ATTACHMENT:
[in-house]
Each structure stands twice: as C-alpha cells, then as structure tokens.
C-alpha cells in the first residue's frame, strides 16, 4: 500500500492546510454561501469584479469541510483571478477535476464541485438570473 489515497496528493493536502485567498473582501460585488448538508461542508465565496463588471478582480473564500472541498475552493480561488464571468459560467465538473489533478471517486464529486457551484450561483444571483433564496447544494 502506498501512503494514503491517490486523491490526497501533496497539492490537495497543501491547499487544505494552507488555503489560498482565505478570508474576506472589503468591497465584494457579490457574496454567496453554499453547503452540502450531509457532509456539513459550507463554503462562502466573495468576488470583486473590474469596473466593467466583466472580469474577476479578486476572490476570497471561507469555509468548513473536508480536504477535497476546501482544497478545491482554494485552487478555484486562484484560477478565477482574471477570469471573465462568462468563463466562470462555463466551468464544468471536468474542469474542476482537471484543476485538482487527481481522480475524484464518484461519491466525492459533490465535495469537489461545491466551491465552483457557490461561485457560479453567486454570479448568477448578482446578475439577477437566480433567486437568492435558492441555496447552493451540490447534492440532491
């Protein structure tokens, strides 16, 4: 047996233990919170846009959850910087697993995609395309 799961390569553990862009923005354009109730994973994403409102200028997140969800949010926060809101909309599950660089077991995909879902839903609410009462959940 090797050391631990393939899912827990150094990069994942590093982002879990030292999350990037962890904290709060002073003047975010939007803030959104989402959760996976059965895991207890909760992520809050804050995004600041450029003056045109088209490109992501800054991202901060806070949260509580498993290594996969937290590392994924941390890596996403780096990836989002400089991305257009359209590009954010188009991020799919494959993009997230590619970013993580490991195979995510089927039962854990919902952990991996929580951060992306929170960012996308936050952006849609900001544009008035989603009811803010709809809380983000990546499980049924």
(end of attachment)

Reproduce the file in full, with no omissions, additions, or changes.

[in-house]
Each structure stands twice: as C-alpha cells, then as structure tokens.
C-alpha cells in the first residue's frame, strides 16, 4: 500500500492546510454561501469584479469541510483571478477535476464541485438570473 489515497496528493493536502485567498473582501460585488448538508461542508465565496463588471478582480473564500472541498475552493480561488464571468459560467465538473489533478471517486464529486457551484450561483444571483433564496447544494 502506498501512503494514503491517490486523491490526497501533496497539492490537495497543501491547499487544505494552507488555503489560498482565505478570508474576506472589503468591497465584494457579490457574496454567496453554499453547503452540502450531509457532509456539513459550507463554503462562502466573495468576488470583486473590474469596473466593467466583466472580469474577476479578486476572490476570497471561507469555509468548513473536508480536504477535497476546501482544497478545491482554494485552487478555484486562484484560477478565477482574471477570469471573465462568462468563463466562470462555463466551468464544468471536468474542469474542476482537471484543476485538482487527481481522480475524484464518484461519491466525492459533490465535495469537489461545491466551491465552483457557490461561485457560479453567486454570479448568477448578482446578475439577477437566480433567486437568492435558492441555496447552493451540490447534492440532491
């Protein structure tokens, strides 16, 4: 047996233990919170846009959850910087697993995609395309 799961390569553990862009923005354009109730994973994403409102200028997140969800949010926060809101909309599950660089077991995909879902839903609410009462959940 090797050391631990393939899912827990150094990069994942590093982002879990030292999350990037962890904290709060002073003047975010939007803030959104989402959760996976059965895991207890909760992520809050804050995004600041450029003056045109088209490109992501800054991202901060806070949260509580498993290594996969937290590392994924941390890596996403780096990836989002400089991305257009359209590009954010188009991020799919494959993009997230590619970013993580490991195979995510089927039962854990919902952990991996929580951060992306929170960012996308936050952006849609900001544009008035989603009811803010709809809380983000990546499980049924």